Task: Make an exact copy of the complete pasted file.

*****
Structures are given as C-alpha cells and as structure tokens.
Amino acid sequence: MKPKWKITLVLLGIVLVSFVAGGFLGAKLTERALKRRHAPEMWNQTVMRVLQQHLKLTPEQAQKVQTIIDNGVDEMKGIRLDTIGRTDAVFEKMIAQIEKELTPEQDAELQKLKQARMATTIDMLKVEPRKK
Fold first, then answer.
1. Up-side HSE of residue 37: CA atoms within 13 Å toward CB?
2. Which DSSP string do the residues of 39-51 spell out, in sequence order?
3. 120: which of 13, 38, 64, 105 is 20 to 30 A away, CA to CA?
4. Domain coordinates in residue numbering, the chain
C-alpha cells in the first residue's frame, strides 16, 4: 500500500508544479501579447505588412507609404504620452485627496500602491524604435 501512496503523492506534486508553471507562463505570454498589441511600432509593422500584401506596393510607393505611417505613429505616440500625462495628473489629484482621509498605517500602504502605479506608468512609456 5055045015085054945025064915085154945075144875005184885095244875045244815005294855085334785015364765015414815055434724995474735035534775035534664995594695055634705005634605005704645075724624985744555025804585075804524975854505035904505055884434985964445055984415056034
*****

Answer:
Structures are given as C-alpha cells and as structure tokens.
Amino acid sequence: MKPKWKITLVLLGIVLVSFVAGGFLGAKLTERALKRRHAPEMWNQTVMRVLQQHLKLTPEQAQKVQTIIDNGVDEMKGIRLDTIGRTDAVFEKMIAQIEKELTPEQDAELQKLKQARMATTIDMLKVEPRKK
Fold first, then answer.
1. Up-side HSE of residue 37: CA atoms within 13 Å toward CB?
2. Which DSSP string do the residues of 39-51 spell out, in sequence order?
3. 120: which of 13, 38, 64, 105 is 20 to 30 A away, CA to CA?
4. Domain coordinates in residue numbering, the chain
C-alpha cells in the first residue's frame, strides 16, 4: 500500500508544479501579447505588412507609404504620452485627496500602491524604435 501512496503523492506534486508553471507562463505570454498589441511600432509593422500584401506596393510607393505611417505613429505616440500625462495628473489629484482621509498605517500602504502605479506608468512609456 5055045015085054945025064915085154945075144875005184885095244875045244815005294855085334785015364765015414815055434724995474735035534775035534664995594695055634705005634605005704645075724624985744555025804585075804524975854505035904505055884434985964445055984415056034